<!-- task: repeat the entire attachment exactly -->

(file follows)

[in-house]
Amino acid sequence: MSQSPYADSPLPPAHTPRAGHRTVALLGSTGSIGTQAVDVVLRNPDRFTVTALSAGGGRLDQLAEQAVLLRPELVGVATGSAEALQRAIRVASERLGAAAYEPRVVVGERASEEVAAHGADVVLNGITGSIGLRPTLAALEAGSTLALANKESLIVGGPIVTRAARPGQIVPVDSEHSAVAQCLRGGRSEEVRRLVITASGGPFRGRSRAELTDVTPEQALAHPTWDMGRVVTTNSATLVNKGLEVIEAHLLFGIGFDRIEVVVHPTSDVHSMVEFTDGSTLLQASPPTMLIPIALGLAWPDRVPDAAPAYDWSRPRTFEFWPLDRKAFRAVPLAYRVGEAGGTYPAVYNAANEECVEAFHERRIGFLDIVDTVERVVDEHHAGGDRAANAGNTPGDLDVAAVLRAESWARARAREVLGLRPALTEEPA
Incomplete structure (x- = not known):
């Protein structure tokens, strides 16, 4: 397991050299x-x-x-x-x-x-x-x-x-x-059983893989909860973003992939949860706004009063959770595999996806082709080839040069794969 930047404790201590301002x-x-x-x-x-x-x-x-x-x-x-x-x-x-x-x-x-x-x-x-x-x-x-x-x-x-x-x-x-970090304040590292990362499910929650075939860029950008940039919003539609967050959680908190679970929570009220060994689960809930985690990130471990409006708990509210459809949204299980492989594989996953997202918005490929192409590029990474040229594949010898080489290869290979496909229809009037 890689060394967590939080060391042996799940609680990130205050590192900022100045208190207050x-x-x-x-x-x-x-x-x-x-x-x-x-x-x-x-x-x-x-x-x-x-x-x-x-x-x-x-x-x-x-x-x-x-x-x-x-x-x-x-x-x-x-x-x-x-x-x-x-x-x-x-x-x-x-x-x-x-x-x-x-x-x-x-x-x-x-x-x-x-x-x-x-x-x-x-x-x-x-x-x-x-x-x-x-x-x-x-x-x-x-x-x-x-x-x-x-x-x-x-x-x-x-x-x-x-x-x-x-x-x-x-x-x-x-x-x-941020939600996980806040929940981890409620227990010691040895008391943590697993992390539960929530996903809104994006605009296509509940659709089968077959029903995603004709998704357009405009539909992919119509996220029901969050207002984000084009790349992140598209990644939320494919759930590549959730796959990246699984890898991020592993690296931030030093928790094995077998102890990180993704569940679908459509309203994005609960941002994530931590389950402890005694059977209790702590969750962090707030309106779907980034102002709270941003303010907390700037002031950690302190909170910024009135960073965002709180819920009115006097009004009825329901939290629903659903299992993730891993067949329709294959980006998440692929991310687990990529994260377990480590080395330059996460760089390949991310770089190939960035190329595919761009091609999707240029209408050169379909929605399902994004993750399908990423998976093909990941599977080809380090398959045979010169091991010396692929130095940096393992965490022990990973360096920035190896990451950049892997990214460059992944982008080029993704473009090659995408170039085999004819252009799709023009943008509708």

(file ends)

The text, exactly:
[in-house]
Amino acid sequence: MSQSPYADSPLPPAHTPRAGHRTVALLGSTGSIGTQAVDVVLRNPDRFTVTALSAGGGRLDQLAEQAVLLRPELVGVATGSAEALQRAIRVASERLGAAAYEPRVVVGERASEEVAAHGADVVLNGITGSIGLRPTLAALEAGSTLALANKESLIVGGPIVTRAARPGQIVPVDSEHSAVAQCLRGGRSEEVRRLVITASGGPFRGRSRAELTDVTPEQALAHPTWDMGRVVTTNSATLVNKGLEVIEAHLLFGIGFDRIEVVVHPTSDVHSMVEFTDGSTLLQASPPTMLIPIALGLAWPDRVPDAAPAYDWSRPRTFEFWPLDRKAFRAVPLAYRVGEAGGTYPAVYNAANEECVEAFHERRIGFLDIVDTVERVVDEHHAGGDRAANAGNTPGDLDVAAVLRAESWARARAREVLGLRPALTEEPA
Incomplete structure (x- = not known):
């Protein structure tokens, strides 16, 4: 397991050299x-x-x-x-x-x-x-x-x-x-059983893989909860973003992939949860706004009063959770595999996806082709080839040069794969 930047404790201590301002x-x-x-x-x-x-x-x-x-x-x-x-x-x-x-x-x-x-x-x-x-x-x-x-x-x-x-x-x-970090304040590292990362499910929650075939860029950008940039919003539609967050959680908190679970929570009220060994689960809930985690990130471990409006708990509210459809949204299980492989594989996953997202918005490929192409590029990474040229594949010898080489290869290979496909229809009037 890689060394967590939080060391042996799940609680990130205050590192900022100045208190207050x-x-x-x-x-x-x-x-x-x-x-x-x-x-x-x-x-x-x-x-x-x-x-x-x-x-x-x-x-x-x-x-x-x-x-x-x-x-x-x-x-x-x-x-x-x-x-x-x-x-x-x-x-x-x-x-x-x-x-x-x-x-x-x-x-x-x-x-x-x-x-x-x-x-x-x-x-x-x-x-x-x-x-x-x-x-x-x-x-x-x-x-x-x-x-x-x-x-x-x-x-x-x-x-x-x-x-x-x-x-x-x-x-x-x-x-x-941020939600996980806040929940981890409620227990010691040895008391943590697993992390539960929530996903809104994006605009296509509940659709089968077959029903995603004709998704357009405009539909992919119509996220029901969050207002984000084009790349992140598209990644939320494919759930590549959730796959990246699984890898991020592993690296931030030093928790094995077998102890990180993704569940679908459509309203994005609960941002994530931590389950402890005694059977209790702590969750962090707030309106779907980034102002709270941003303010907390700037002031950690302190909170910024009135960073965002709180819920009115006097009004009825329901939290629903659903299992993730891993067949329709294959980006998440692929991310687990990529994260377990480590080395330059996460760089390949991310770089190939960035190329595919761009091609999707240029209408050169379909929605399902994004993750399908990423998976093909990941599977080809380090398959045979010169091991010396692929130095940096393992965490022990990973360096920035190896990451950049892997990214460059992944982008080029993704473009090659995408170039085999004819252009799709023009943008509708």